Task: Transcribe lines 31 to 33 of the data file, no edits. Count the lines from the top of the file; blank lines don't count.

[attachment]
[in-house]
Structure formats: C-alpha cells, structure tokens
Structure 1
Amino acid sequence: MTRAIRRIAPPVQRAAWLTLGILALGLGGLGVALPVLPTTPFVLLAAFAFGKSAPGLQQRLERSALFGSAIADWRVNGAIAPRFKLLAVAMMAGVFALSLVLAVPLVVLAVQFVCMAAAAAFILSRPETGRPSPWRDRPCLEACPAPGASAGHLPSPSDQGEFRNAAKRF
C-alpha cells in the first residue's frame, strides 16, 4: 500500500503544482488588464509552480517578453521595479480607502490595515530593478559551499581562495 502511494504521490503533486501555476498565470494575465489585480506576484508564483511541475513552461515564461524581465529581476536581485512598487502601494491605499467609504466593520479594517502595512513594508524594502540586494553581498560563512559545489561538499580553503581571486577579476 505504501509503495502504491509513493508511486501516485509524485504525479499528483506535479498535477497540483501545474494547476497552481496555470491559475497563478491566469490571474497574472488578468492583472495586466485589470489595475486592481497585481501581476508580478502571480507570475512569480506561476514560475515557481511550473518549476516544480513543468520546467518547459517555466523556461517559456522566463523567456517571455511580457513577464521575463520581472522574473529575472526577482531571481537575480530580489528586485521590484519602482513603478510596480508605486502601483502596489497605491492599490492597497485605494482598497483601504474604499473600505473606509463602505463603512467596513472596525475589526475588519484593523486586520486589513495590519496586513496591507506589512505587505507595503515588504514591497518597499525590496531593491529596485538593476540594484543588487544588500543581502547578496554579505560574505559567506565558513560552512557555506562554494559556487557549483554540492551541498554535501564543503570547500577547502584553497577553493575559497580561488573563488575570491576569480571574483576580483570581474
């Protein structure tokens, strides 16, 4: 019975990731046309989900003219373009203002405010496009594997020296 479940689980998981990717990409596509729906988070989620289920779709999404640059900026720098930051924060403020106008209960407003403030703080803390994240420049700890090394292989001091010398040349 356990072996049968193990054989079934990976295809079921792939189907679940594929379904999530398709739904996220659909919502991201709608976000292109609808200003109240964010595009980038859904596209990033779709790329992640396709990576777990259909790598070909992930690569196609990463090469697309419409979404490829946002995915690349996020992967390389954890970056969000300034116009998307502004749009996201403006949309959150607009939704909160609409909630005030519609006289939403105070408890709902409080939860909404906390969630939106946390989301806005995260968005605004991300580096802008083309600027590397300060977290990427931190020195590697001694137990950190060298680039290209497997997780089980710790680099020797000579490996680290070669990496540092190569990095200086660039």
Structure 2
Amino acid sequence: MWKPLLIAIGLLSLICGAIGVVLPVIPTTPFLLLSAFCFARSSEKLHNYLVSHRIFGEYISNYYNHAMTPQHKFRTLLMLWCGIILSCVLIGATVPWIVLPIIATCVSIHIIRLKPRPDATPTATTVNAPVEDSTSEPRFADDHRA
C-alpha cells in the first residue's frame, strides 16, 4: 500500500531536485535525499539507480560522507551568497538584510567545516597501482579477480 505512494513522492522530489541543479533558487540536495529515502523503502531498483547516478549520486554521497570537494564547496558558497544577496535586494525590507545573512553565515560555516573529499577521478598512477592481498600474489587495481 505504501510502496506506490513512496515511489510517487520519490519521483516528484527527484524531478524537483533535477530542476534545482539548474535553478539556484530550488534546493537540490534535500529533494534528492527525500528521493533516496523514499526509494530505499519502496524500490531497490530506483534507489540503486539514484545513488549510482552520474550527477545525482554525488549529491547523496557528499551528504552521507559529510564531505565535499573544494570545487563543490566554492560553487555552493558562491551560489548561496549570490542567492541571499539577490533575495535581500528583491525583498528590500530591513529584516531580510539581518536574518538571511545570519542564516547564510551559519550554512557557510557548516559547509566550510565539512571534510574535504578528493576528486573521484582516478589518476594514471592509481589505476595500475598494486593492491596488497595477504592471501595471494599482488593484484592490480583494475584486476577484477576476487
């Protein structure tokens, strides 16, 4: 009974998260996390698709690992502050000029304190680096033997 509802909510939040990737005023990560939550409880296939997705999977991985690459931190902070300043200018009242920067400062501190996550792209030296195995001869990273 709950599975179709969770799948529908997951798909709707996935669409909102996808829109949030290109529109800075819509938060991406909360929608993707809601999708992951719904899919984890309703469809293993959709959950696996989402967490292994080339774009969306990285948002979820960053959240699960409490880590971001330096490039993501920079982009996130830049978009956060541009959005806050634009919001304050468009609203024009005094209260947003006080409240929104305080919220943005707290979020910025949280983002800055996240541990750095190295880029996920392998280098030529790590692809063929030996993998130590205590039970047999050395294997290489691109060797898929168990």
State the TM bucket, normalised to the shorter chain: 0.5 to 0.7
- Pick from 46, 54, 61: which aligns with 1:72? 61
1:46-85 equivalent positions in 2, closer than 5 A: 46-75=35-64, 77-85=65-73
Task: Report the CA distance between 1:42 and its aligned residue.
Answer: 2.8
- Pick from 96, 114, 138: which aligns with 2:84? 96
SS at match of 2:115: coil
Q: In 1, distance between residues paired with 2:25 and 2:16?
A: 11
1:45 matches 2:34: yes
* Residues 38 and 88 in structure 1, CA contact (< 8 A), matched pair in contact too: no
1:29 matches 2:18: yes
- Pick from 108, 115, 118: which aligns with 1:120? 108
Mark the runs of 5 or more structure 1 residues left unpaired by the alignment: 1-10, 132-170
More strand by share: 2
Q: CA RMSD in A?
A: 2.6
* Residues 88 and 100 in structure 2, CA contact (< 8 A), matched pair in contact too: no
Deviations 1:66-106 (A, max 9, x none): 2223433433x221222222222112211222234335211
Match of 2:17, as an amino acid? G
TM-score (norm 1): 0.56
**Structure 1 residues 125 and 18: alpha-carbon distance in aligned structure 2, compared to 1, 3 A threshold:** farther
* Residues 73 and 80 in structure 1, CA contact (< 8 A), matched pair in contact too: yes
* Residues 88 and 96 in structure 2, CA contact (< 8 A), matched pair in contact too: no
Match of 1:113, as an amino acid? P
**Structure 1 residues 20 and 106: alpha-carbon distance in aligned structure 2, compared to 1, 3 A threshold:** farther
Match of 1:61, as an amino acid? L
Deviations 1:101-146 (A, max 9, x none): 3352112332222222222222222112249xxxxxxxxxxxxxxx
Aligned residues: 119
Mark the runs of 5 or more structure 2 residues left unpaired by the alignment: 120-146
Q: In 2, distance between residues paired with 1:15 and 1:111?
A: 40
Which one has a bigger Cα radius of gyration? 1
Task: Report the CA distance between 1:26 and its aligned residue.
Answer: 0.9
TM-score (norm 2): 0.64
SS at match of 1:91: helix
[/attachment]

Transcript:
TM-score (norm 1): 0.56
**Structure 1 residues 125 and 18: alpha-carbon distance in aligned structure 2, compared to 1, 3 A threshold:** farther
* Residues 73 and 80 in structure 1, CA contact (< 8 A), matched pair in contact too: yes